Interview Questions for “Shadow of Death”
What was it like studying English Literature?
Studying English Literature was like opening a gift box, a view of a world unknown to me before. The Brontes, Mary Shelley, Daphne du Mauier, Agatha Christie, Mary Stewart and so many other wonderful English women authors inspired me to want to be an author.
Should fiction authors consider getting a degree in Creative Writing like you did?
Everyone approaches the craft of writing in their own unique way. I should think writing comes more from “the doing” not just through academics. I’m glad I have my Ph.D. in Creative Writing, but I’ve learned so much more since then! I think it’s the process that’s most important.
You mentioned being a teacher and an art gallery owner. How have these career paths shaped your writing?
I love teaching. If I’ve imparted ideas that have encouraged others to write or just read great literature then I’ve been a successful teacher. I love Art. Maybe I should say I’m “in love” with Art, with every style from Classical to Post “Post” Modern, and every technique that artists have created.
How has living in Louisiana inspired your mysteries?
I search out and read mystery novels set in the British Isles, Ireland and other places in the world. Most of them offer atmosphere and images along with a plot that really appeals to me. When I decided to write mystery novels I wanted to create good stories, but also portray some of that wonderful eerie landscape I’ve enjoyed reading. Louisiana is that place and its sense of place and history inspires my stories.
Why is mystery your favorite genre?
Perhaps it’s because I like the puzzle of a whodunit. I also like entering a new place, seeing it for the first time, rooting for my protagonist to win the game, and ultimately her own personal stuggle.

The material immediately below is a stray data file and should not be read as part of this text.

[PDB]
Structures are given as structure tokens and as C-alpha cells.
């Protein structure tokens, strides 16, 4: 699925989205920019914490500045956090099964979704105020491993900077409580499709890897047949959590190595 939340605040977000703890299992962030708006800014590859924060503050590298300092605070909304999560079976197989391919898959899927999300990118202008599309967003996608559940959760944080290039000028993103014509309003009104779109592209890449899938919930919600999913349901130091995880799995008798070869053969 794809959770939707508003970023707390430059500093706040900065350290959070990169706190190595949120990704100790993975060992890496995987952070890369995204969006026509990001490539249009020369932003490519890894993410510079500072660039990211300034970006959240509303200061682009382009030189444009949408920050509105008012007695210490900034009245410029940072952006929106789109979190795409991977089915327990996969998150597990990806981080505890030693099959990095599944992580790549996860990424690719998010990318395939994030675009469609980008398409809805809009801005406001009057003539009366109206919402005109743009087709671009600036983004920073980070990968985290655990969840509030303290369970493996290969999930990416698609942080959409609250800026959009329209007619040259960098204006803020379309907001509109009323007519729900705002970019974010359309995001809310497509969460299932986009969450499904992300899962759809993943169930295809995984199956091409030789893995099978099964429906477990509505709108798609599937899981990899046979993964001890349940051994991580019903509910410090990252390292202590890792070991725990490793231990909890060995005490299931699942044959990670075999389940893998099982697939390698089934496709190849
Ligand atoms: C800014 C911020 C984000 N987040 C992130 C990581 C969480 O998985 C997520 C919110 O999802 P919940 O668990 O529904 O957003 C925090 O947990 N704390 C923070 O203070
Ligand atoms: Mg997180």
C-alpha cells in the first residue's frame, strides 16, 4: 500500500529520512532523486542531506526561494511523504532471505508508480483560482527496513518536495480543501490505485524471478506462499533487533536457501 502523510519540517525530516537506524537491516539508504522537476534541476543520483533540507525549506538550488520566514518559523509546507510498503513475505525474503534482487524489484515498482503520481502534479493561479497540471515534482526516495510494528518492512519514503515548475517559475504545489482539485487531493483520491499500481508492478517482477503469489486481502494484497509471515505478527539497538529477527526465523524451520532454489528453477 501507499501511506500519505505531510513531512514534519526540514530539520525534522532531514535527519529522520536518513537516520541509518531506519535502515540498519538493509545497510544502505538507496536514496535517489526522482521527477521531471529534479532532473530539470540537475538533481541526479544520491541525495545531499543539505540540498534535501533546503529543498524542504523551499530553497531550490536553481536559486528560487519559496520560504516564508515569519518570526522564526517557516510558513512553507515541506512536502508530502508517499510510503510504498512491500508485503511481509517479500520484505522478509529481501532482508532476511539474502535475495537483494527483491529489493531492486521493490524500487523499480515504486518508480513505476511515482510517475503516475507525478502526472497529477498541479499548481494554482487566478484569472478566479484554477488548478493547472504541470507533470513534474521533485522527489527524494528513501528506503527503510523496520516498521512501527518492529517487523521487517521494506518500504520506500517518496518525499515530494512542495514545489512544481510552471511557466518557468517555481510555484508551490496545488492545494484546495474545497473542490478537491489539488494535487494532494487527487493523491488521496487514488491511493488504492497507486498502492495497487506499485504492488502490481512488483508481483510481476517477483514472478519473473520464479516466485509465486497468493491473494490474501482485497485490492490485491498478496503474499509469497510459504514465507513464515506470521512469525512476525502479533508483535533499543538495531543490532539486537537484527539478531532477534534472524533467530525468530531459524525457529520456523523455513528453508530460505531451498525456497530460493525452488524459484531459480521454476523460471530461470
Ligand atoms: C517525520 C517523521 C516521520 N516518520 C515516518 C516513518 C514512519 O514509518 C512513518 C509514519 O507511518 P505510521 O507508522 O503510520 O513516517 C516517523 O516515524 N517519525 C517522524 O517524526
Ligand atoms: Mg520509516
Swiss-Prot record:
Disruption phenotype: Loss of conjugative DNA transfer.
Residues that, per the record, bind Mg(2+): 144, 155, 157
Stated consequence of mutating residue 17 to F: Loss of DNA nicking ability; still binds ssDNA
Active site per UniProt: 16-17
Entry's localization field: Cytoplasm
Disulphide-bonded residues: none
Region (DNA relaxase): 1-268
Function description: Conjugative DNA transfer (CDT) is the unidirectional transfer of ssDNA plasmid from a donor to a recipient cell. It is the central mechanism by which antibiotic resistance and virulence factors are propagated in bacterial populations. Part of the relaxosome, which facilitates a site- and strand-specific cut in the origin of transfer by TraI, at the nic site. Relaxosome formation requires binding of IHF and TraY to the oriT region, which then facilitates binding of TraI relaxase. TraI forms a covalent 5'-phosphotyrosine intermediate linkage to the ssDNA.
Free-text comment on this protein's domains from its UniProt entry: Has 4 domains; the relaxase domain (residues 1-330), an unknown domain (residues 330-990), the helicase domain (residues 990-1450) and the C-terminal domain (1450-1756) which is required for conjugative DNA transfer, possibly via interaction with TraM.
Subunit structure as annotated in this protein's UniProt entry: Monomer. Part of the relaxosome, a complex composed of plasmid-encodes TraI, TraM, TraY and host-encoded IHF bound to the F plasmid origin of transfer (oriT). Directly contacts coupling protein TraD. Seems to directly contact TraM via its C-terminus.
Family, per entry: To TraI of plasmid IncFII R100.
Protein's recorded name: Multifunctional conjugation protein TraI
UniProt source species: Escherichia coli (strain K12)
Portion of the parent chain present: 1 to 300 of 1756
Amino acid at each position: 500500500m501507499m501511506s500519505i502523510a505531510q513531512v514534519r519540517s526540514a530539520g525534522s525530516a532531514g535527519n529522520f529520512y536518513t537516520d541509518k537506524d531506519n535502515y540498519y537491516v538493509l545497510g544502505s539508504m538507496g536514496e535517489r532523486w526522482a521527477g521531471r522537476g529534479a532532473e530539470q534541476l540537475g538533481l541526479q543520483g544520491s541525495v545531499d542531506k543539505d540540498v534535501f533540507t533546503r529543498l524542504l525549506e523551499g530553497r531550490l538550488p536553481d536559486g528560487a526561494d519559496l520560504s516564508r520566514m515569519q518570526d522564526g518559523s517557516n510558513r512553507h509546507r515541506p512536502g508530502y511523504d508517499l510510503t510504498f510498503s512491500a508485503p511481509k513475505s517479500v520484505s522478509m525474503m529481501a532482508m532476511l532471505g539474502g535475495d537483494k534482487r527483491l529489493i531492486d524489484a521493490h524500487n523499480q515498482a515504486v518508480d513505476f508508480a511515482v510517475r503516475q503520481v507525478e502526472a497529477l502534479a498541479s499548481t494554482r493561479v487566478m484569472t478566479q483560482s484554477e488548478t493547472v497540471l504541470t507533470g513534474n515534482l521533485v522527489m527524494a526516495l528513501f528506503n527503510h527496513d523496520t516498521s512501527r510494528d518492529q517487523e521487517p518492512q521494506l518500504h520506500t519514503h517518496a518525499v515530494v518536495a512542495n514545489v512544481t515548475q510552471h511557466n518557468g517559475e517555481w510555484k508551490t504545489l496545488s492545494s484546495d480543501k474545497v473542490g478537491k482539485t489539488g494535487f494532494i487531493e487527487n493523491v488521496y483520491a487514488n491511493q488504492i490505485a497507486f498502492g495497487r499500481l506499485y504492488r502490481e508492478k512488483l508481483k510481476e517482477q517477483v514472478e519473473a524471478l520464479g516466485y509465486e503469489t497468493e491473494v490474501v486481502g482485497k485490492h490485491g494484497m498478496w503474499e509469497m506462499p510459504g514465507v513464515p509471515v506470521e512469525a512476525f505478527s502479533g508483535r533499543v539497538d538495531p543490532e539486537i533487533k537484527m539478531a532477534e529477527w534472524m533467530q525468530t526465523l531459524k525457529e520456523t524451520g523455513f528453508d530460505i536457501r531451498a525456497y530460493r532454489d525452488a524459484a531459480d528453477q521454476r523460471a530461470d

When did you first begin to write?
I wrote my first story at the age of eight and I hope to still be writing at eighty-eight!
What advice would you give to writers struggling to find inspiration?
I tell my students all writing is personal. Search for inspiration everywhere but most often what you write about has a connection to your subjective self. Meditation helps.
I noticed your novel, Shadow of Death, is set during 1940 and in Louisiana. Why choose that particular time period?
I’ve been fascinated for years with the leper colony near Carville, Louisiana; the only hospital of its kind in America. In 1940 they were getting close to finding a cure for such a dreaded disease. That time frame, I decided, was important and would add texture to my story.
How would you describe your protagonist, Catherine Lyle?
She has just turned thirty and is a troubled woman. Her life has been filled with death and sorrow. She’s become a recluse in New Orleans, living in her own shadow world, buried beneath guilt and loneliness.
How many books have you written besides Shadow of Death?
One. “The Returning”
Will there be more mystery novels to come?
Yes. Catherine Lyle’s story isn’t finished.
How would you describe your writing using only three words?
Setting, Character, Plot.
Where can readers find you and your books online?
Amazon, Barnes & Noble and other e-book outlets.